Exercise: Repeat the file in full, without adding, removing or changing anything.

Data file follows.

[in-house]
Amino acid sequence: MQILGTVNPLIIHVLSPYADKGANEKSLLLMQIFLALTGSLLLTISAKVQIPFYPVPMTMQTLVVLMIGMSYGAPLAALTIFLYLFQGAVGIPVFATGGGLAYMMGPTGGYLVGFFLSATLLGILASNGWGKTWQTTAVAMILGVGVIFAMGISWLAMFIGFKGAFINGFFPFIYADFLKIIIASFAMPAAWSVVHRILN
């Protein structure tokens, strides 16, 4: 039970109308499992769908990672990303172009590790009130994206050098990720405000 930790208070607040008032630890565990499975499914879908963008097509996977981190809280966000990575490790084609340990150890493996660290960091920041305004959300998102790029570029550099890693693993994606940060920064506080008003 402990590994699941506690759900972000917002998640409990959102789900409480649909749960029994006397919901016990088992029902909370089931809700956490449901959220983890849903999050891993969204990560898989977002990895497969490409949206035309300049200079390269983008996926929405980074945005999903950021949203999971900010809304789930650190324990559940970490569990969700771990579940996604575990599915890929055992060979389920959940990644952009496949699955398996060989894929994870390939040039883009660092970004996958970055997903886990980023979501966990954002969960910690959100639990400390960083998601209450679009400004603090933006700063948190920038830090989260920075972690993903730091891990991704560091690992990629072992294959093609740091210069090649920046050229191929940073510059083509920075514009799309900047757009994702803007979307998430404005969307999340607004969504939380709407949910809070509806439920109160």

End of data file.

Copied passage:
[in-house]
Amino acid sequence: MQILGTVNPLIIHVLSPYADKGANEKSLLLMQIFLALTGSLLLTISAKVQIPFYPVPMTMQTLVVLMIGMSYGAPLAALTIFLYLFQGAVGIPVFATGGGLAYMMGPTGGYLVGFFLSATLLGILASNGWGKTWQTTAVAMILGVGVIFAMGISWLAMFIGFKGAFINGFFPFIYADFLKIIIASFAMPAAWSVVHRILN
């Protein structure tokens, strides 16, 4: 039970109308499992769908990672990303172009590790009130994206050098990720405000 930790208070607040008032630890565990499975499914879908963008097509996977981190809280966000990575490790084609340990150890493996660290960091920041305004959300998102790029570029550099890693693993994606940060920064506080008003 402990590994699941506690759900972000917002998640409990959102789900409480649909749960029994006397919901016990088992029902909370089931809700956490449901959220983890849903999050891993969204990560898989977002990895497969490409949206035309300049200079390269983008996926929405980074945005999903950021949203999971900010809304789930650190324990559940970490569990969700771990579940996604575990599915890929055992060979389920959940990644952009496949699955398996060989894929994870390939040039883009660092970004996958970055997903886990980023979501966990954002969960910690959100639990400390960083998601209450679009400004603090933006700063948190920038830090989260920075972690993903730091891990991704560091690992990629072992294959093609740091210069090649920046050229191929940073510059083509920075514009799309900047757009994702803007979307998430404005969307999340607004969504939380709407949910809070509806439920109160």